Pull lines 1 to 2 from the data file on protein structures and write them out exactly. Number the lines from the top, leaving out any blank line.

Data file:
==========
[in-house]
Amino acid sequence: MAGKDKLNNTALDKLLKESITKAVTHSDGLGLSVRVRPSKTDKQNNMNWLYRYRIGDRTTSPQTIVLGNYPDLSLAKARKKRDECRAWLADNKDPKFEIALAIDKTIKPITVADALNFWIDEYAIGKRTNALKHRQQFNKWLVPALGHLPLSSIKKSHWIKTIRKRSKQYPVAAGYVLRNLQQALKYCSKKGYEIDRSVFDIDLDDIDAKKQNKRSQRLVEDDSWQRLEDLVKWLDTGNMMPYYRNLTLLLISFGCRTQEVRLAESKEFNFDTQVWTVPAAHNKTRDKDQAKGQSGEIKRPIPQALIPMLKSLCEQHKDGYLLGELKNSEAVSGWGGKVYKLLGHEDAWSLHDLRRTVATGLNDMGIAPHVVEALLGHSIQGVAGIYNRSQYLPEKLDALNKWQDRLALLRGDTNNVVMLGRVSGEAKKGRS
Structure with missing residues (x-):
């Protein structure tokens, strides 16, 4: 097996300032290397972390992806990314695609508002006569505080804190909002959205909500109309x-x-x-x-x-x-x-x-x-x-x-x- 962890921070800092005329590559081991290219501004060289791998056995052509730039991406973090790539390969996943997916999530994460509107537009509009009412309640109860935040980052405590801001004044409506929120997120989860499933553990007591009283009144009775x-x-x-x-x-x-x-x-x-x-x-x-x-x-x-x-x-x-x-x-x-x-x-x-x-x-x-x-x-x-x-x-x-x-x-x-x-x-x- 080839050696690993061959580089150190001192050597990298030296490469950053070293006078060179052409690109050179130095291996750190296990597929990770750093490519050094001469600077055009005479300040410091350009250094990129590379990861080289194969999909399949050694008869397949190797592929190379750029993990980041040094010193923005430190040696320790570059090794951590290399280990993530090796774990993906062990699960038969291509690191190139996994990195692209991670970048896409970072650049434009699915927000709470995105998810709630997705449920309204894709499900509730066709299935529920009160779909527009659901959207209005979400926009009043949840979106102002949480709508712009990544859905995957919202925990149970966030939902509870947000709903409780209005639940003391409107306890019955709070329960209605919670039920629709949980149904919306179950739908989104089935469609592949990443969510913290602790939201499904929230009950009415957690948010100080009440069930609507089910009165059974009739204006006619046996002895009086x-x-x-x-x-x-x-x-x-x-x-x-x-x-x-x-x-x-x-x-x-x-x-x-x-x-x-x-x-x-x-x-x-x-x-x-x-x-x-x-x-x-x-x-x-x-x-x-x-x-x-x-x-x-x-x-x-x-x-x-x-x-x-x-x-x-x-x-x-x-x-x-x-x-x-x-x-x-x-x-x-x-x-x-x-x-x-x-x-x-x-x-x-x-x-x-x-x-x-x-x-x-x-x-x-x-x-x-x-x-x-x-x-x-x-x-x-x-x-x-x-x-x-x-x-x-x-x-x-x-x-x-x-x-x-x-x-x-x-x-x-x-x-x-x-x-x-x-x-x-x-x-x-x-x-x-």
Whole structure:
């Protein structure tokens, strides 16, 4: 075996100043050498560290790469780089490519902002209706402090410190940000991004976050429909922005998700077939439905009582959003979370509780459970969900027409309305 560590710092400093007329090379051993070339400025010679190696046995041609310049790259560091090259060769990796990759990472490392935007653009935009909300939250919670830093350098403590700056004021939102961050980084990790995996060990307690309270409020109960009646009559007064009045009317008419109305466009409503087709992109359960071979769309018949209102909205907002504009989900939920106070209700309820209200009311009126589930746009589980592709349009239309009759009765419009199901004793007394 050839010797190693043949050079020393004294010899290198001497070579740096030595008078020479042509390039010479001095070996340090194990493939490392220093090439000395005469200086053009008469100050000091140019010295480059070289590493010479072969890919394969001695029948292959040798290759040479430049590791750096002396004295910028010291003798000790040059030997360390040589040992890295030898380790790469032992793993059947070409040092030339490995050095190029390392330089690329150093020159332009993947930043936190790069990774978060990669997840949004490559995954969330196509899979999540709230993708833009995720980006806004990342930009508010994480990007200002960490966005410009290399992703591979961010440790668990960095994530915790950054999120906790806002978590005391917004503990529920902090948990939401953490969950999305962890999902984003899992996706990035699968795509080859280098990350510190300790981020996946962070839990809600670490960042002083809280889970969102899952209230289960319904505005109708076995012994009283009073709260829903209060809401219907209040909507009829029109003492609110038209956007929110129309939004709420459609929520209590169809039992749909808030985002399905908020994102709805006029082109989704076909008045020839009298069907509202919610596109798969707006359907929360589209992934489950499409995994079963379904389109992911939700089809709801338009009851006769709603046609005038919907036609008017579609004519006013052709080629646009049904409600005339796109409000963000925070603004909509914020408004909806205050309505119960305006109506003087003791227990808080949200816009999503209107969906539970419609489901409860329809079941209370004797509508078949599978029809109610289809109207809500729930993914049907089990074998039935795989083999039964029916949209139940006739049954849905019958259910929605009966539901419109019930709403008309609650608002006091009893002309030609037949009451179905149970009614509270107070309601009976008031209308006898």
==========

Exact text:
[in-house]
Amino acid sequence: MAGKDKLNNTALDKLLKESITKAVTHSDGLGLSVRVRPSKTDKQNNMNWLYRYRIGDRTTSPQTIVLGNYPDLSLAKARKKRDECRAWLADNKDPKFEIALAIDKTIKPITVADALNFWIDEYAIGKRTNALKHRQQFNKWLVPALGHLPLSSIKKSHWIKTIRKRSKQYPVAAGYVLRNLQQALKYCSKKGYEIDRSVFDIDLDDIDAKKQNKRSQRLVEDDSWQRLEDLVKWLDTGNMMPYYRNLTLLLISFGCRTQEVRLAESKEFNFDTQVWTVPAAHNKTRDKDQAKGQSGEIKRPIPQALIPMLKSLCEQHKDGYLLGELKNSEAVSGWGGKVYKLLGHEDAWSLHDLRRTVATGLNDMGIAPHVVEALLGHSIQGVAGIYNRSQYLPEKLDALNKWQDRLALLRGDTNNVVMLGRVSGEAKKGRS